Children’s lost landscapes in Tohoku – Helen Woolley
20 August 2012, London
In April of this year, Helen Woolley visited Japan to begin to understand the situation of children’s outdoor environments in the post-disaster Tohoku area. She visited sites in Miyagi, Iwate and Fukushima meeting playworkers, Principals of schools and some Prefecture staff. This visit was in collaboration with Professor Isami Kinoshita from Chiba University in Japan and funded by the Daiwa Anglo-Japanese Foundation.
Helen will discuss some of the findings from her visit, giving insights into where children would have played before the triple disaster; some of the issues and outdoor places children are playing in while they are in temporary housing, and some of the interventions in place to support children’s play. Her talk will explore current initiatives and their reception by children, parents and teachers in the area. Helen will also touch on aspects of planning for the regeneration of Tohoku with respect to children’s outdoor environments, including coordination between individuals and groups at the local and national level.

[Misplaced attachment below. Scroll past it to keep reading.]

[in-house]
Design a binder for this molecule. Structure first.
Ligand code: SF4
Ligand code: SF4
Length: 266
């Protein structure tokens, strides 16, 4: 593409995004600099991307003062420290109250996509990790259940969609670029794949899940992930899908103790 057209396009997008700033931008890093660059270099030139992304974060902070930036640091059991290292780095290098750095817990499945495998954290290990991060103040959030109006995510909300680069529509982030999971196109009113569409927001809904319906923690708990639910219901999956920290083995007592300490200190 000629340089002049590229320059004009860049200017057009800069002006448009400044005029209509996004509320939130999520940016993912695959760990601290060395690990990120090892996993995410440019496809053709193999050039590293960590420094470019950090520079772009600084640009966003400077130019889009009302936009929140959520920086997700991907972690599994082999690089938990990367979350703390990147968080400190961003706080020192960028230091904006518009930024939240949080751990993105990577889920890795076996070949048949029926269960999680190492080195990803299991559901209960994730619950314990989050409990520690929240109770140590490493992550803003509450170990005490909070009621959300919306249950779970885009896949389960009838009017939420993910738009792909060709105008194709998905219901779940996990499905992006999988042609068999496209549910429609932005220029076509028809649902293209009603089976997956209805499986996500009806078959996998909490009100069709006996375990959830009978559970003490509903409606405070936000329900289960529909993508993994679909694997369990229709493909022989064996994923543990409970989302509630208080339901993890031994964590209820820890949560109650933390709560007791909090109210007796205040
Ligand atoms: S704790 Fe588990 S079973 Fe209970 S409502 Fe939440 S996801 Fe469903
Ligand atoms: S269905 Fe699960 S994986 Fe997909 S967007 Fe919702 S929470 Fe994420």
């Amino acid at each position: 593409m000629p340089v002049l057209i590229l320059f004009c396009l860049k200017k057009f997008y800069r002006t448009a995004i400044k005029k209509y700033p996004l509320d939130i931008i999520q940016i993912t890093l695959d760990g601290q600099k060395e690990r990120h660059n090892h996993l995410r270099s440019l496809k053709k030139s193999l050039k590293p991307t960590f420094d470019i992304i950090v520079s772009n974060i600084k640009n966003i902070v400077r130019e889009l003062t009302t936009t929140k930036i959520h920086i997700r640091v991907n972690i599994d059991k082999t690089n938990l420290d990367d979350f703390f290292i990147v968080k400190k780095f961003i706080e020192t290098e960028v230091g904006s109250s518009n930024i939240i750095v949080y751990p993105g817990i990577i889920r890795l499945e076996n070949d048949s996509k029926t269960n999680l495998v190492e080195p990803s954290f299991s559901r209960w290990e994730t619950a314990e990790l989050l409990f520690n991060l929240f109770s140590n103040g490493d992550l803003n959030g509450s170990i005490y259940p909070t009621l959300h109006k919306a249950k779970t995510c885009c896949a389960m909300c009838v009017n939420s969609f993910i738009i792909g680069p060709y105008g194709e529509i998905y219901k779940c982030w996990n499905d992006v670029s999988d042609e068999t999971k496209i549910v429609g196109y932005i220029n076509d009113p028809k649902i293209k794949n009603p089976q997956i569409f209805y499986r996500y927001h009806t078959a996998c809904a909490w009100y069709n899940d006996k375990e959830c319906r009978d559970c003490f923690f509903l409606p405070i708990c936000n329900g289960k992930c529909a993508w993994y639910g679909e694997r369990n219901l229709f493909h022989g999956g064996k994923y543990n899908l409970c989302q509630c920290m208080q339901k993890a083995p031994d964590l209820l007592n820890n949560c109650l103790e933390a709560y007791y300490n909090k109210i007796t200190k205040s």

Helen Woolley is a Chartered Landscape Architect and Reader in Landscape Architecture and Society in the Department of Landscape at The University of Sheffield. Helen worked in practice for both the private and public sectors before returning to academic life. During the last twenty years she has researched different aspects of children’s outdoor environments including young people’s use and perception of town and city centres; skateboarders’ use of civic open spaces; the inclusion of disabled children in primary school playgrounds; and playgrounds in public open spaces. She has also undertaken research about green and open spaces, some of which has fed into government policy and national Non-Governmental Organisations. Helen also has a strong belief that sharing knowledge is important and has a track record of working with policy makers, local government, practitioners, charities and the commercial sector.
Please note: Oriental Club rules require gentlemen to wear jacket and tie